PREMIERE: Jake Soffer Introduces ‘The Tree That Remained Standing’

Jake Soffer

Portland, Oregon folk guitarist-composer Jake Soffer unveils his brand-new EP, The Tree That Remained Standing. Written in the midst of soul-searching prompted by the end of a relationship and the onset of the pandemic, the title of the EP mirrors the moment Jake saw a single tree flourishing among the charred remains of a devastating forest fire.

Jake says, “The world being put on pause ushered in a lengthy period of self-reflection for me. I experienced the ups and downs of confronting deeply personal changes while living in a society enduring growing pains of its own. I found myself falling in love - over and over again - with the guitar as my instrument and voice, promising I would always use it to express the things I have no words for. I also realized after years of playing in bands that this serene and healing style was the most honest for me.”

Jake’s unique sound derives from his utilization of the tonal range and rhythmic potential of the guitar. Formally trained, Jake developed his talent playing with a number of rock, funk, and jazz bands, such as the jam-band funk-rock outfit Easy There Tiger.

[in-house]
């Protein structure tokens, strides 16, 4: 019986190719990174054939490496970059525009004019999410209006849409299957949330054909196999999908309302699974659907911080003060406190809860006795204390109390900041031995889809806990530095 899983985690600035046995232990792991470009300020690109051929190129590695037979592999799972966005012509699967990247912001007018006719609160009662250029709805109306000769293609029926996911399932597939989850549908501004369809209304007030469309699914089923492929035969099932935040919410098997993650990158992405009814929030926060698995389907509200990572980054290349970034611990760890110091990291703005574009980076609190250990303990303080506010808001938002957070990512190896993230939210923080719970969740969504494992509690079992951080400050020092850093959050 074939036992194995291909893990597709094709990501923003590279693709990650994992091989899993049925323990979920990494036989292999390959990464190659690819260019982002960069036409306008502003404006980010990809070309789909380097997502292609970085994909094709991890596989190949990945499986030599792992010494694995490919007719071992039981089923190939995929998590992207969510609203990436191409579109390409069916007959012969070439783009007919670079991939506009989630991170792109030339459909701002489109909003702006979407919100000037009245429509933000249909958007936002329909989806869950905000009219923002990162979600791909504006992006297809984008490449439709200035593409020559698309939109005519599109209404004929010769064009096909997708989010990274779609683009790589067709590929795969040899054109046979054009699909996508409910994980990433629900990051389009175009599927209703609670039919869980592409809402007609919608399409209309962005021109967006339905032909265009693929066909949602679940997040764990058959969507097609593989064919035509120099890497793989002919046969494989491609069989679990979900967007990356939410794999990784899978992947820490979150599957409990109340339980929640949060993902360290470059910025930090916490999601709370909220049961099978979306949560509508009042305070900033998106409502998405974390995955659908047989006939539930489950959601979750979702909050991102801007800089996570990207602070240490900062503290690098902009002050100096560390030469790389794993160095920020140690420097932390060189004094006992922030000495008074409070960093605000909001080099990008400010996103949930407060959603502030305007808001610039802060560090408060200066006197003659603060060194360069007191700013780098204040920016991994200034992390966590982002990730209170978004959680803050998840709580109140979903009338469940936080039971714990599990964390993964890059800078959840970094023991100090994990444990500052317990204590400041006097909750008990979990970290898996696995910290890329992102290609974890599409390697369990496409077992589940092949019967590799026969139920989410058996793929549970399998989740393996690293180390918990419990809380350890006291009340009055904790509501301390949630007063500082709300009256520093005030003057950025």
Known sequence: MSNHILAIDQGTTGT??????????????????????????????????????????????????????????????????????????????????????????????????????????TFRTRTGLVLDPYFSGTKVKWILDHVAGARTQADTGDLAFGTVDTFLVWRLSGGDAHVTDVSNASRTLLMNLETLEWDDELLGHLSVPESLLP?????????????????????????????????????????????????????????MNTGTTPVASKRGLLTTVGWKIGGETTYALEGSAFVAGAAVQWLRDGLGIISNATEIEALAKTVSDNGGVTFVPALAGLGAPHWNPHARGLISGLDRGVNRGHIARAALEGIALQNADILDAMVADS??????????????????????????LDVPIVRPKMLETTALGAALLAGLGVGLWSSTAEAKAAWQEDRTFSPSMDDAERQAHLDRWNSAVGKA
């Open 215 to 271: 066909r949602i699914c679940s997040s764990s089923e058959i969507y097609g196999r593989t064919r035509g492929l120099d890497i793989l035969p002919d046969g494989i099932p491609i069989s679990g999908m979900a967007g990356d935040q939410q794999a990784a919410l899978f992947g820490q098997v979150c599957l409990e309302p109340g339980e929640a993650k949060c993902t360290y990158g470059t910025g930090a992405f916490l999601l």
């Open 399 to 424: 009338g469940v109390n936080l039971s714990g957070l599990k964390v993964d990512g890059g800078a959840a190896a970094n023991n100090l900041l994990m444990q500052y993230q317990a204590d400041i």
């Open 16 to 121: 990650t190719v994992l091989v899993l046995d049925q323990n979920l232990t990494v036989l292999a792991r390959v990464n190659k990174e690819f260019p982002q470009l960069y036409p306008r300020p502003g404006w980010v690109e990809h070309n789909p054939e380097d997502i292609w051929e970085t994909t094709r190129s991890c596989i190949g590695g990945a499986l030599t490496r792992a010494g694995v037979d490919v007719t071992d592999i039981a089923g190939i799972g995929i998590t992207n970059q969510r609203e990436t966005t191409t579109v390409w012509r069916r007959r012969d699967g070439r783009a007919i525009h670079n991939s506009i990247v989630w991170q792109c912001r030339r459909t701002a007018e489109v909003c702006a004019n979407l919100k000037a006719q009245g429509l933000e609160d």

His debut solo single, “Rose Hymn,” was followed by his debut album, Guitar In A Room. The Tree That Remained Standing begins with “Ruby Red Roses,” a creative reinterpretation of “Rose Hymn.”

“Ruby Red Roses” opens on delicious, creamy colours flowing into an Americana-flavored melody, rippling with lingering washes of pastel sonic layers. The lighthearted feel of the song gives listeners a warm glow.

“From Sea To Sky, features Grace Honeywell on violin. The tune bubbles and percolates with shiny colours and a fat, pulsating bassline. Honeywell’s violin cries with happy timbres as Jake’s guitar radiates a chromatic palette.

“Skipping Rocks” rolls out on Jake’s nimble fingerpicking, depicting the delight of skipping rocks across flat water on a summer’s afternoon. Whereas the title track flickers and flutters on undulating burnish colours, drifting and wafting as if conveying the soft beauty of nature.

The range of emotional expression Jake Soffer finds in his guitar is expansive and aurally pleasing. The Tree That Remained Standing is well-worth listening to.

 
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